AzMAT Mentors Program
► If you would like to participate in the program or communicate with an AzMAT Mentors Program staff please complete our interest form.
What is the AzMAT Mentors Program?
The Arizona Center for Rural Health (AzCRH) partnered with the Arizona Department of Health Services (ADHS) to implement the AzMAT Mentors Program. This program provides guidance to new or inexperienced providers to increase their capacity for providing medication-assistance treatment (MAT) services in Arizona. The goal is to improve access to evidence-based treatment for individuals with substance use disorders (SUD) and specifically opioid use disorders (OUD).
To achieve this goal, we match experienced and new MAT providers to engage in collaborative consultations. Experienced MAT providers are practitioners who are Arizona licensed and DATA-waived or “x-waived” and have provided MAT services for at least one year and/or treated at least 20 patients. New MAT providers are practitioners who are Arizona licensed and DATA-waived or “x-waived” and self-identify an interest to collaborate with an experienced MAT provider.
What is MAT and x-waived?
Medication-Assisted Treatment, or MAT, is a whole-patient practice that combines Food and Drug Administration (FDA) approved medications and behavioral therapies to treat substance use disorders. Addiction and non-addiction specialists may provide MAT services. Non-specialists are encouraged to treat patients with OUD and may do so by obtaining a Drug Addiction Treatment Act (DATA)-waiver. If providers meet the DATA-waiver criteria and complete the training, they apply to the Drug Enforcement Agency for a waiver to prescribe controlled substance for SUD treatment. The waiver is issued with an “x” added to their license number; hence the name, “x-waiver.” DATA-waived providers are licensed to prescribe Schedule III substances, which includes buprenorphine to treat people with OUDs.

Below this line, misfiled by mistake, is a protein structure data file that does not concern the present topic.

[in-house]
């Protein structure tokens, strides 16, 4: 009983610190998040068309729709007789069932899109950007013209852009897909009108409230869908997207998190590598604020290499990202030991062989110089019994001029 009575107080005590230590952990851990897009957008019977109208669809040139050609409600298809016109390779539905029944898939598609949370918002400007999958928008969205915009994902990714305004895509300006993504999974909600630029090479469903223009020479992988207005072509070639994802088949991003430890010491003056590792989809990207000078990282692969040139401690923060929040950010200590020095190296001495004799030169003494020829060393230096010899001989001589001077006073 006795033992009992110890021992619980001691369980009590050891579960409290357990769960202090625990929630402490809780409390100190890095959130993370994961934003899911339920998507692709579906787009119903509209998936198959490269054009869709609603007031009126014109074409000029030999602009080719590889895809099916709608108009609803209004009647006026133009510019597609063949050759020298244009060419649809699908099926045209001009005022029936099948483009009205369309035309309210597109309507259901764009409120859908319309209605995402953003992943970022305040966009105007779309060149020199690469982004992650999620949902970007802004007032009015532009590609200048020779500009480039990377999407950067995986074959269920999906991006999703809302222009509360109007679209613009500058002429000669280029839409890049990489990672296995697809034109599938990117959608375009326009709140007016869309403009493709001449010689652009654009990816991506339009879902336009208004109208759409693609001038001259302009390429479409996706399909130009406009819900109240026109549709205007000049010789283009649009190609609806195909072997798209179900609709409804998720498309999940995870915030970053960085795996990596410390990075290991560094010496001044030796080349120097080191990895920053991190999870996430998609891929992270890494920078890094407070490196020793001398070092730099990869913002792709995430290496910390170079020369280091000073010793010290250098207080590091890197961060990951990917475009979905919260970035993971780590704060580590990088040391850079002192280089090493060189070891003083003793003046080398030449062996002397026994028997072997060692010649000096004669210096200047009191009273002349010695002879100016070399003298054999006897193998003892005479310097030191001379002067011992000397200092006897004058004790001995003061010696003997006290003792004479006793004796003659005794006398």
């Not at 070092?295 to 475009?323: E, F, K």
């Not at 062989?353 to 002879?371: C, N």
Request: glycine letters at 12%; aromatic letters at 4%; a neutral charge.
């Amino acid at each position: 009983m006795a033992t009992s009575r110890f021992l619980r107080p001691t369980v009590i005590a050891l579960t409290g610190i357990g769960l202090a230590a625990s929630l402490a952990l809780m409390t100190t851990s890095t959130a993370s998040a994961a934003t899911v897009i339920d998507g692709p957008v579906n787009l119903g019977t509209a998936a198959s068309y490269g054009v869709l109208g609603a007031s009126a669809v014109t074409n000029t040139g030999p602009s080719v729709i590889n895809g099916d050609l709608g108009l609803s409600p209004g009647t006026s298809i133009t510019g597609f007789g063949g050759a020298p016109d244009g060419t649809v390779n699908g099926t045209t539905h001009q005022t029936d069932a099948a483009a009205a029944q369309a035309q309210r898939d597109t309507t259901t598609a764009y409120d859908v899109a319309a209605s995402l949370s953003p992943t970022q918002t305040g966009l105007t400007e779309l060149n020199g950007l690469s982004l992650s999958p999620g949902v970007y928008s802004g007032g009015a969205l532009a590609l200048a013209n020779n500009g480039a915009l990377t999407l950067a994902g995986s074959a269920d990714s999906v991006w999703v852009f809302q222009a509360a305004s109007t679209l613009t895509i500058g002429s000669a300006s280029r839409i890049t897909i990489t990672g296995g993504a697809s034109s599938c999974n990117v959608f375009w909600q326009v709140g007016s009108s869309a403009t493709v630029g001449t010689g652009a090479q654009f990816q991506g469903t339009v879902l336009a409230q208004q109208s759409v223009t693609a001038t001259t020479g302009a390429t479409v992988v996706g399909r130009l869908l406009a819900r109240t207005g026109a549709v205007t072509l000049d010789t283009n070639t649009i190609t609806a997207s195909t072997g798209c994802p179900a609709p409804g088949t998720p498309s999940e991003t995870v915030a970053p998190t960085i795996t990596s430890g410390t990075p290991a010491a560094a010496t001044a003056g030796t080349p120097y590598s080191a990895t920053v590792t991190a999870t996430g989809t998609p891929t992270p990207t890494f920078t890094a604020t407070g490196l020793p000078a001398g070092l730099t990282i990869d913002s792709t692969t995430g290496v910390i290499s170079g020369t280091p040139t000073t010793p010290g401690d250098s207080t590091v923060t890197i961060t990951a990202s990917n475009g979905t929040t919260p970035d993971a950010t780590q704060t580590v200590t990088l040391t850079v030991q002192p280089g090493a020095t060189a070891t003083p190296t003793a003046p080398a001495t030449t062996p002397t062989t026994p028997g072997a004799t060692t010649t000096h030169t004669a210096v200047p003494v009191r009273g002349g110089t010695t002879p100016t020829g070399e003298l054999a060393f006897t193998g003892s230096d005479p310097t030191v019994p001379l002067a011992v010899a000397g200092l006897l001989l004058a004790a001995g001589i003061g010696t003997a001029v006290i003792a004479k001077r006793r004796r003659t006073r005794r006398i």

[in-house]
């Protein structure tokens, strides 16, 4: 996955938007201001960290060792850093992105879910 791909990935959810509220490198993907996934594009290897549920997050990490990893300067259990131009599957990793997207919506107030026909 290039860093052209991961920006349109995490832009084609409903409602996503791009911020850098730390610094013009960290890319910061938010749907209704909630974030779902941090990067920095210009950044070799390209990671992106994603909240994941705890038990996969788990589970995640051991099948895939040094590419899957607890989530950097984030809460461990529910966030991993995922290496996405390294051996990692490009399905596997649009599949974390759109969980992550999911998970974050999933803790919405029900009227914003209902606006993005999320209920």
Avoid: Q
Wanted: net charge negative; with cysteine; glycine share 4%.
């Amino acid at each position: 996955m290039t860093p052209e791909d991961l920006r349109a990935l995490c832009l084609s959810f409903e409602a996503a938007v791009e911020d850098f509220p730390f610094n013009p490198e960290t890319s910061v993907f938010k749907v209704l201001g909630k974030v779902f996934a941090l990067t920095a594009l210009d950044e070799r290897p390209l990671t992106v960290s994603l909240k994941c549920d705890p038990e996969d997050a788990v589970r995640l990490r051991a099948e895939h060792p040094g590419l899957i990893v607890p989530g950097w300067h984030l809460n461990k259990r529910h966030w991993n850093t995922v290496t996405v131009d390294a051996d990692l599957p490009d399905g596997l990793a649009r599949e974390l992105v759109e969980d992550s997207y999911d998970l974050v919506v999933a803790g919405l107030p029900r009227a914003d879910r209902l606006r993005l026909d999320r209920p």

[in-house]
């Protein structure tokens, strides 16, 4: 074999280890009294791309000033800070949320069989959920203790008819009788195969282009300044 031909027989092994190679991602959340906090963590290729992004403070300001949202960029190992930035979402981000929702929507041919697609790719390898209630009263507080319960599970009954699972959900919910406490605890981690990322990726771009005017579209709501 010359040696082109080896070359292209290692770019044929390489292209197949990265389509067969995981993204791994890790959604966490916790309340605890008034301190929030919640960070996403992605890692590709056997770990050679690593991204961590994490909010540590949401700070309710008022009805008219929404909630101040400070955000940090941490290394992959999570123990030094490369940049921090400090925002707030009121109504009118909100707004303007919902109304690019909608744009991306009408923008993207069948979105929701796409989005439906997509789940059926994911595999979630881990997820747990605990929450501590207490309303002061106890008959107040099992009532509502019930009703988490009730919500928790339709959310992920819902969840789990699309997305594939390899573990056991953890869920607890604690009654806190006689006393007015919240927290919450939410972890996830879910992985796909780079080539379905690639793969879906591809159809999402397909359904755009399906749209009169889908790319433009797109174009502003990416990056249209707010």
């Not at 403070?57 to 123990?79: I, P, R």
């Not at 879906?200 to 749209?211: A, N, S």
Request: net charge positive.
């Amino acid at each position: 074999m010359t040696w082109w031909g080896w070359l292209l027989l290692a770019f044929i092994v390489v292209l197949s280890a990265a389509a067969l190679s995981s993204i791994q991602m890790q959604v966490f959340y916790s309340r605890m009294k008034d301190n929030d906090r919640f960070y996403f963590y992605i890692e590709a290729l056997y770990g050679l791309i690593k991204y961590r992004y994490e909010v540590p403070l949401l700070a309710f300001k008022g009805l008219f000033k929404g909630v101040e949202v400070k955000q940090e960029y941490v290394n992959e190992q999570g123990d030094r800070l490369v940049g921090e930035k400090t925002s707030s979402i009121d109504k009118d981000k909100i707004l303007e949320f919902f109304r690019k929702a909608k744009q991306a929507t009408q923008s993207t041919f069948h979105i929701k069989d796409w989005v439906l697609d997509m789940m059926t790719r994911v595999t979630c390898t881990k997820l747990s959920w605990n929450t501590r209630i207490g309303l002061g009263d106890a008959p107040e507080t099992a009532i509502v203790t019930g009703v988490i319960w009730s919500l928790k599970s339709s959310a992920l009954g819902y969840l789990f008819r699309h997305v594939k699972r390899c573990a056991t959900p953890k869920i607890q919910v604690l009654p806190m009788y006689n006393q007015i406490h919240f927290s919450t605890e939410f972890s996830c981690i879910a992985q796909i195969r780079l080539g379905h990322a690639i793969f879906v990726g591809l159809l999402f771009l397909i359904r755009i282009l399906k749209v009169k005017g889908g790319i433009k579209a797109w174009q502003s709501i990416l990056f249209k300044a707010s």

What barriers do MAT providers experience in Arizona?
The majority of DATA-waived providers are treating few or no patients with OUD. Commonly reported barriers include: lack of time, availability of behavioral health services, and concerns around diversion and patient misuse.
What are some reasons for optimism?
While barriers exist for implementing MAT, there are numerous reasons for optimism:
- MAT is effective for treating opioid use disorder.
- An estimated 22.35 million adults have resolved their alcohol and drug problems.
- Comprehensive Screening, Brief Intervention, and Referral to Treatment (SBIRT) is effective for delivering MAT outside of an Opioid Treatment Program.
- Receiving support from an experienced MAT provider is one strategy for overcoming barriers.
What does AzMAT Mentors Program participation include?
There are two ways to participate, as an experienced or as a new MAT provider.
* Please note that the Pre-Training materials will automatically download to your device.
New MAT Providers receive one-to-one support from experienced MAT providers and Arizona Center for Rural Health faculty and staff. Through collaborative consultations, participants set tailored learning goals and receive guidance and support through ongoing communications. Please see flyer for more information.
Where can I find additional resources for prevention, treatment, and recovery?
- If you are interested in learning more about the DATA-waiver process, please visit the Provider Clinical Support System.
- If you are interested in continuing education on MAT, please visit the Arizona State University Center for Applied Behavioral Health Policy.
- If you are interested in important resources for prevention, treatment, and recovery for people with substance use concerns/disorders, check out the AzMAT Mentor Program resource guide.
- If you would like to know more about the AzMAT Mentors Program, review definitions and frequently asked questions by experienced and new MAT providers.
Interested in learning more about MAT and DATA-waiver trainings?
- Provider Clinical Support System
- Arizona State University Medication-Assisted Treatment for Opioid Use Disorder
Contact: Bridget Murphy, email@example.com